Skip to Content

Where is the color red?

Red is a color that exists in our visual perception. It is associated with the long wavelength end of the visible spectrum, next to orange and opposite violet. The wavelength range for red is approximately 625-740 nanometers. Red is one of the three primary colors, along with blue and green, that can be mixed to produce all other colors. But where does the color red exist? Let’s explore this question further.

The Science of Red

Physically speaking, red is a color that corresponds to a specific wavelength range of visible light. When light with wavelengths in the ~625-740 nanometer range hits our eyes, our visual system interprets it as the color red. This light energy is detected by special photoreceptor cells called cones in our retinas at the back of our eyes. There are three types of cones that are each sensitive to different wavelength ranges – short, medium, and long. Red light stimulates the long wavelength cones.

The sensation and perception of red is produced in our brains. Light entering our eyes triggers chemical and electrical signals that travel through the optic nerve to the visual cortex in the brain. Here the signals are processed to create the experience of seeing the color red. So while red corresponds to physical light, the qualitative sensation we know as “redness” really exists only in our minds.

Where We See Red

We see the color red in objects and light sources that reflect, emit, or transmit light in the ~625-740 nm wavelength range. Here are some common examples of where we encounter the color red:

  • Ruby gemstones – Trace amounts of chromium absorb blue and green light, causing rubies to reflect more red.
  • Ripe tomatoes – Lycopene and other pigments in the tomato skin absorb non-red wavelengths, leaving mainly red to be reflected.
  • Blood – The iron-containing protein hemoglobin reflects red light back.
  • Red flowers – Pigments like anthocyanin absorb non-red light and reflect red back to our eyes.
  • Sunset skies – Shorter wavelength blue/violet light is scattered away, leaving mostly longer wavelength red/orange.
  • Lasers – Some red laser pointers emit light at 633 nm, directly stimulating the red cones in our eyes.
  • Red clothes – Dyes and pigments in the fabric absorb other wavelengths, selectively reflecting the red portion back.

So in summary, we see the color red wherever something absorbs non-red light and reflects, transmits, or emits light predominantly in the long wavelength red region of the visible spectrum.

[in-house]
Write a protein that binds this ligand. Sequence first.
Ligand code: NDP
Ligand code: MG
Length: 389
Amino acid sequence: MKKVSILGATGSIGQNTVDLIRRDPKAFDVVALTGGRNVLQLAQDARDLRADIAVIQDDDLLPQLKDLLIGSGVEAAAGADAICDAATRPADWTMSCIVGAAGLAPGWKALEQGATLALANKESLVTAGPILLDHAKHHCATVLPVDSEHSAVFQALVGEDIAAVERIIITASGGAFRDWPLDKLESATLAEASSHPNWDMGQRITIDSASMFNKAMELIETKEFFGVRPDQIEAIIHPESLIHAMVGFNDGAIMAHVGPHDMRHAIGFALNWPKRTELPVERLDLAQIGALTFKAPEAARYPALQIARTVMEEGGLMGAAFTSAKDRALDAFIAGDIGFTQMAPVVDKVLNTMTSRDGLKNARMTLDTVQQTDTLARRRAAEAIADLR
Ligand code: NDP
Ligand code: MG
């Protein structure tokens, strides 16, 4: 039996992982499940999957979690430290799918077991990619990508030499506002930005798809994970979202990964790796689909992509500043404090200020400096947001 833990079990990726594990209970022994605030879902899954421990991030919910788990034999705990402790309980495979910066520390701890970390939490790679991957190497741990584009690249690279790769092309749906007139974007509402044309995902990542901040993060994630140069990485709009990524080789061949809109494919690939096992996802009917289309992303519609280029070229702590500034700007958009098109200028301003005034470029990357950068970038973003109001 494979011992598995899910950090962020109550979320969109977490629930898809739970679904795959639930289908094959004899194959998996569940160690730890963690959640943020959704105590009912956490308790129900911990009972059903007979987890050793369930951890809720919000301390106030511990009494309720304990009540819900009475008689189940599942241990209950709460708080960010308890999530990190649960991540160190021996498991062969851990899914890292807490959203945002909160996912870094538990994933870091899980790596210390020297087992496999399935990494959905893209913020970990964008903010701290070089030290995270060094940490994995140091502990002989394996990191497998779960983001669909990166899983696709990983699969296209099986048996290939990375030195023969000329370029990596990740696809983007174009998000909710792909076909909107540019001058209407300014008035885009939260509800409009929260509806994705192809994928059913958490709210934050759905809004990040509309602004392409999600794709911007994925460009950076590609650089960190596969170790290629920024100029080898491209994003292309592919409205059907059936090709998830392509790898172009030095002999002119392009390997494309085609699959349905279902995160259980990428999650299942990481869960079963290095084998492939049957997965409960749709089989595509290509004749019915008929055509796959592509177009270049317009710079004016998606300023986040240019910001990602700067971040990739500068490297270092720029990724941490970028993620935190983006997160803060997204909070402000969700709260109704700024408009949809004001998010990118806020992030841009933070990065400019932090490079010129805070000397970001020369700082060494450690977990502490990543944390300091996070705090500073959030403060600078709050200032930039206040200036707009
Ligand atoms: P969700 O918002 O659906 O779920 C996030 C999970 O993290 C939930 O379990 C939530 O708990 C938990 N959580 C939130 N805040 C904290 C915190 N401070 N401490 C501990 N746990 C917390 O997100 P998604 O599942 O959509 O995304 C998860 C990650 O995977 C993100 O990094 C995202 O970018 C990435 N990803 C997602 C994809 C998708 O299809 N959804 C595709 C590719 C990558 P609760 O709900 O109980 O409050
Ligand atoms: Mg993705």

When Red Appears

Red can appear to us under various conditions that produce light centered around the 625-740 nm range:

  1. Reflection – Objects may selectively reflect back red light while absorbing other wavelengths. Examples are red paint, flowers, gemstones.
  2. Transmission – Materials may transmit mostly red light through them. Rubies appear red due to chromium impurities transmitting red.
  3. Emission – Light sources can directly emit light in the red wavelength range. Examples include red LEDs, neon signs, ruby lasers.
  4. Scattering – Shorter wavelengths are scattered away by particles in the air, leaving mostly red. This gives rise to red sunrises/sunsets.
  5. Shifting – Wavelengths may be shifted into the red range via the Doppler effect or gravitational redshifting. This allows us to see redshift from distant galaxies.

In most everyday cases, we see red due to the reflection or transmission of red wavelengths from pigments, dyes, or selective absorption in materials. But red can also arise from direct emission, scattering effects, or wavelength shifting.

Red in Nature

Red appears commonly across the natural world. Here are some of the many cases where red coloration arises:

  • Plants – Red flowers, leaves, fruits to attract pollinators and seed dispersers.
  • Animals – Red markings as warning colors or mating displays. Rusty red soil-dwellers as camouflage.
  • Minerals – Ruby, garnet, red jasper contain trace elements like chromium that absorb non-red light.
  • Rocks & terrain – Iron oxide rich rocks and soils yield rust red coloration.
  • Water – Red algae blooms, suspended clay particles reflecting red light back.
  • Sky – Red sunrises/sunsets due to Rayleigh scattering filtering out short blue wavelengths.

Red coloration provides evolutionary advantages in nature by attracting, warning, camouflaging, or protecting living things. It also arises innately based on a substance’s chemical composition and the physics of light interaction.

Red’s Cultural Symbolism

The color red holds rich cultural symbolism and meanings. Here are some of the key associations of red in culture:

  • Danger, warnings
  • Heat, fire
  • Love, passion
  • Aggression, intensity
  • Energy, excitement
  • Importance, urgency
  • Celebration, festivity
  • Power, leadership
  • Courage, valor

Red evokes strong emotional reactions and meanings for us. While these vary by culture, red often denotes concepts like danger, energy, passion, and importance across many societies.


In summary, the color red exists in our visual perception when light in the ~625-740 nanometer wavelength range enters our eyes. We see red when objects selectively reflect, transmit, or emit light in this long wavelength red portion of the visible spectrum. Red appears commonly in nature thanks to selective absorption by pigments and the physics of light. Culturally red is rich with symbolism, often representing concepts like danger, love, power, and celebration. So in our minds, nature, and culture, the color red holds an evocative and significant place.